Fichman plans to submit the film to other festivals when her schedule allows (It can now be viewed at vimeo.com/335796875). Four days after she graduated from Middlebury, she returned to Los Angeles, this time as a paid production assistant in the writers’ room of the CBS procedural drama S.W.A.T., where Ryan serves as writer and producer. “It was just a really fortunate opportunity,” she said.

The job entails a good deal of errand running — just before this interview, she’d completed a cupcake run for a staff member’s birthday — but Fichman also gets to be a fly on the wall in the writers’ room and occasionally contribute ideas or chat with writers about their creative process. She’s also visited the set a few times.

“Once I started doing this, my appreciation and awe of things that I had watched maybe more casually as an audience member really exploded,” she said.

The experience also has reaffirmed Fichman’s decision to tell people’s stories through film. “I think there’s such a power in having people feel like they’re seen in some way,” she said. “If you can play a part in that, I think that’s an amazing role to have in this society.”

An Emmy for ‘Dawnland’

Dawnland, a documentary co-produced by Dartmouth College Professor Bruce Duthu, received an Emmy for Outstanding Research at Tuesday night’s News & Documentary Emmy Awards. The film, which screened at Dartmouth and was featured on PBS’s Independent Lens last fall, examines the impact of child welfare practices on indigenous tribal communities in Maine.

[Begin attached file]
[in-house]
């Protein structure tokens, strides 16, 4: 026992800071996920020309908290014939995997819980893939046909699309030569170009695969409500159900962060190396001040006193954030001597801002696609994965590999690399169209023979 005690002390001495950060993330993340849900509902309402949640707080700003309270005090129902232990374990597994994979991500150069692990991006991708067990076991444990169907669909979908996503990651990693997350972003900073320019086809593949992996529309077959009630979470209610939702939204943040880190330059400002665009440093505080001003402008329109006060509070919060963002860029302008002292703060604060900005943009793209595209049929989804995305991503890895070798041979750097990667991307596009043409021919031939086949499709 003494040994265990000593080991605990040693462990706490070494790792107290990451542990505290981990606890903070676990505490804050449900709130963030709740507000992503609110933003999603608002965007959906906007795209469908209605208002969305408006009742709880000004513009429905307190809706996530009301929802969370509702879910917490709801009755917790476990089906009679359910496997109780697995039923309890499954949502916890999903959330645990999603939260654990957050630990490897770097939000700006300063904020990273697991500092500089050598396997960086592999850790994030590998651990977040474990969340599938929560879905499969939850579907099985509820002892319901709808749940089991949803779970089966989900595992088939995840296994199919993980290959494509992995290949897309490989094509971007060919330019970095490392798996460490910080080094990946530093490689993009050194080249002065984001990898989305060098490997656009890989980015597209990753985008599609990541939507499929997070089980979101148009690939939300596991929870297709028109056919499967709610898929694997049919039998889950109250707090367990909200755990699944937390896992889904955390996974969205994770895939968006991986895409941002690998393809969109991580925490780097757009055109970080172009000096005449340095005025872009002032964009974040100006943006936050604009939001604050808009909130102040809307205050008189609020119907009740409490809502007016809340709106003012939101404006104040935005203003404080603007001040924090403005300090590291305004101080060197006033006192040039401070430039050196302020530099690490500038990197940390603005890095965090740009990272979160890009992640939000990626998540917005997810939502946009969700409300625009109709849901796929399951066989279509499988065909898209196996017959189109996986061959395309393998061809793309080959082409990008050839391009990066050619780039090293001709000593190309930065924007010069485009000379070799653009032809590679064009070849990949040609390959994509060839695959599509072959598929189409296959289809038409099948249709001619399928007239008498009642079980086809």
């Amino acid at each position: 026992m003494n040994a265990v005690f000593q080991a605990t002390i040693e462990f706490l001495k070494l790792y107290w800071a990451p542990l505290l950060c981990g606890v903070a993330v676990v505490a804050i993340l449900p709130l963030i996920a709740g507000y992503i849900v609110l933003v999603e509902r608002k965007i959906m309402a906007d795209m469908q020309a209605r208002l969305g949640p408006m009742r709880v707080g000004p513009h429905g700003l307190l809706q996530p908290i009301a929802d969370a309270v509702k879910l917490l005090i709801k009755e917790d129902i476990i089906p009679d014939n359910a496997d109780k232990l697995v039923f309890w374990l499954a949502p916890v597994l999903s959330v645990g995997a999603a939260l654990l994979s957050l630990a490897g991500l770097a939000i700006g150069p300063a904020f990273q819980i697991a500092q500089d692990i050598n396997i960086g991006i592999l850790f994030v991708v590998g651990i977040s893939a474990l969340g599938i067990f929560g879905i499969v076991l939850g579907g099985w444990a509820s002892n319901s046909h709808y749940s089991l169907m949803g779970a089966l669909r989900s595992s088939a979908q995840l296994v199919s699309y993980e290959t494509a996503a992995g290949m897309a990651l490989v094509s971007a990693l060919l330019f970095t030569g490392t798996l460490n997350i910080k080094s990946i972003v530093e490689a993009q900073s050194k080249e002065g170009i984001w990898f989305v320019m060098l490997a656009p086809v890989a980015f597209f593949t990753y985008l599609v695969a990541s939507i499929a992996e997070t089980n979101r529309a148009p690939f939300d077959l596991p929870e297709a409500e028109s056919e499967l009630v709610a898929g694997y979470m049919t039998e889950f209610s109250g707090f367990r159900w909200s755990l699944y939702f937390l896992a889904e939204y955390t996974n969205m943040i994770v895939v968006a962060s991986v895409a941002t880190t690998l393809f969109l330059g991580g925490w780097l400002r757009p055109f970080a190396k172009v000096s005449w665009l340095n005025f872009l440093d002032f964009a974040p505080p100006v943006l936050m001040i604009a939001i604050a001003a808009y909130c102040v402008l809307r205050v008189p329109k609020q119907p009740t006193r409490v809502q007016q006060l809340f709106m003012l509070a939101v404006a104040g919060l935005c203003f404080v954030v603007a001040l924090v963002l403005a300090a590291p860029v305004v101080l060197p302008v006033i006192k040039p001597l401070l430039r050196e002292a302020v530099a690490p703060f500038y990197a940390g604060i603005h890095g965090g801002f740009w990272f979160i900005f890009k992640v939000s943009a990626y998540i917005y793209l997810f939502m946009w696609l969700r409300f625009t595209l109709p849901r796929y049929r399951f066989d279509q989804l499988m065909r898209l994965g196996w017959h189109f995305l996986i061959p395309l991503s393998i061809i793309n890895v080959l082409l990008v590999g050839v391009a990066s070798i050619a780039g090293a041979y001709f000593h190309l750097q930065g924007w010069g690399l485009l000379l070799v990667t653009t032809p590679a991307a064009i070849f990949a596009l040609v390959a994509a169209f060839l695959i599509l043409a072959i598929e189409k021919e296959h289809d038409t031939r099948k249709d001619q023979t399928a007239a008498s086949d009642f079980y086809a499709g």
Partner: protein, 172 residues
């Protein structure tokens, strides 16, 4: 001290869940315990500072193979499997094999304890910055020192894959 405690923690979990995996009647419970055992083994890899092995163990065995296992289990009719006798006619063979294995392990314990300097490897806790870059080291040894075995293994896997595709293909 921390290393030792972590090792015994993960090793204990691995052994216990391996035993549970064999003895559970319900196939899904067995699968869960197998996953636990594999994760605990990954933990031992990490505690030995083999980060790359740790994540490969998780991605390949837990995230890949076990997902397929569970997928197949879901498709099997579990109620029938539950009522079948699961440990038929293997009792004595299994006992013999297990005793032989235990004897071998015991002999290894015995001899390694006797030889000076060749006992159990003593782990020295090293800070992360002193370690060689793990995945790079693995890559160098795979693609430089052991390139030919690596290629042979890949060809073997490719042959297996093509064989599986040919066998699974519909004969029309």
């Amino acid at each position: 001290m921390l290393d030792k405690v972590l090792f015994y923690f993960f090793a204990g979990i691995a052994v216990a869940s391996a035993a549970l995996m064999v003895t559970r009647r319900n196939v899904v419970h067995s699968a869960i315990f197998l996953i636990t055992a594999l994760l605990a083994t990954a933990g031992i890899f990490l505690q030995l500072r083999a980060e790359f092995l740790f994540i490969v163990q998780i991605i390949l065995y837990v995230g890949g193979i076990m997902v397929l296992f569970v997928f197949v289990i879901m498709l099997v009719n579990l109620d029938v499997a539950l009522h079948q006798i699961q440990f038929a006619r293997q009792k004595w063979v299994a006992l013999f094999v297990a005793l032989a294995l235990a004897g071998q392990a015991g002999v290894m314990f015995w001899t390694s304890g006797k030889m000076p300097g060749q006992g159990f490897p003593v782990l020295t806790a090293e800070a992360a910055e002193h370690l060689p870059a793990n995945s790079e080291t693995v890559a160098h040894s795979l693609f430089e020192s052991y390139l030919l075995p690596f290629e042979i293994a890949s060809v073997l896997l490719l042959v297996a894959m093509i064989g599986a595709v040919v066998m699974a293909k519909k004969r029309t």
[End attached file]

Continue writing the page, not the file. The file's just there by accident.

Filmmakers Adam Mazo and Ben Pender-Cudlip followed members of the Maine Wabanaki-State Child Welfare Truth and Reconciliation Commission as they gathered testimony of Wabanaki people who’d been seized by the state as children. It highlights the high rate at which Wabanaki children were removed from the homes and the abuse many of them were subjected to in foster care.

Duthu, the Samson Occom Professor of Native American Studies at Dartmouth and an expert on tribal sovereign law, helped ensure that the story was told in proper context and was factually accurate.

The film was an official selection of numerous film festivals around the country.

Sarah Earle can be reached at searle@vnews or 603-727-3268.

Correction: The 2019 Middlebury New Filmmakers Festival was the fifth annual festival. A previous version of this story misstated the number of years the festival has been in existence.